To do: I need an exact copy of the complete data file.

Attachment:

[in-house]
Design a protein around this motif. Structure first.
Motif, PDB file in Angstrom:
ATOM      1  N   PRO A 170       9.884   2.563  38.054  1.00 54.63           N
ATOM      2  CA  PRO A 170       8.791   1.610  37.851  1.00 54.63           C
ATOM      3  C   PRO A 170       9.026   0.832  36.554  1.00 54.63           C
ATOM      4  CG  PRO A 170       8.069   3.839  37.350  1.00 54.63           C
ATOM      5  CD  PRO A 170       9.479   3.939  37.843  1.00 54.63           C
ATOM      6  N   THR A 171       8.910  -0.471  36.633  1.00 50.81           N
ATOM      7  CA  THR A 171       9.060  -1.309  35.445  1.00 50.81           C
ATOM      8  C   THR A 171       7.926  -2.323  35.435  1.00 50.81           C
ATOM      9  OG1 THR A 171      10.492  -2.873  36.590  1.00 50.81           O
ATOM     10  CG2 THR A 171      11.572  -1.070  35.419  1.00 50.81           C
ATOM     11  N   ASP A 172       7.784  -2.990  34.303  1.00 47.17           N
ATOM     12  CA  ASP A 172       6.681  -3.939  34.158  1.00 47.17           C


[in-house]
Design a protein around this motif. Structure first.
Motif, PDB file in Angstrom:
ATOM      1  N   PRO A 170       9.884   2.563  38.054  1.00 54.63           N
ATOM      2  CA  PRO A 170       8.791   1.610  37.851  1.00 54.63           C
ATOM      3  C   PRO A 170       9.026   0.832  36.554  1.00 54.63           C
ATOM      4  CG  PRO A 170       8.069   3.839  37.350  1.00 54.63           C
ATOM      5  CD  PRO A 170       9.479   3.939  37.843  1.00 54.63           C
ATOM      6  N   THR A 171       8.910  -0.471  36.633  1.00 50.81           N
ATOM      7  CA  THR A 171       9.060  -1.309  35.445  1.00 50.81           C
ATOM      8  C   THR A 171       7.926  -2.323  35.435  1.00 50.81           C
ATOM      9  OG1 THR A 171      10.492  -2.873  36.590  1.00 50.81           O
ATOM     10  CG2 THR A 171      11.572  -1.070  35.419  1.00 50.81           C
ATOM     11  N   ASP A 172       7.784  -2.990  34.303  1.00 47.17           N
ATOM     12  CA  ASP A 172       6.681  -3.939  34.158  1.00 47.17           C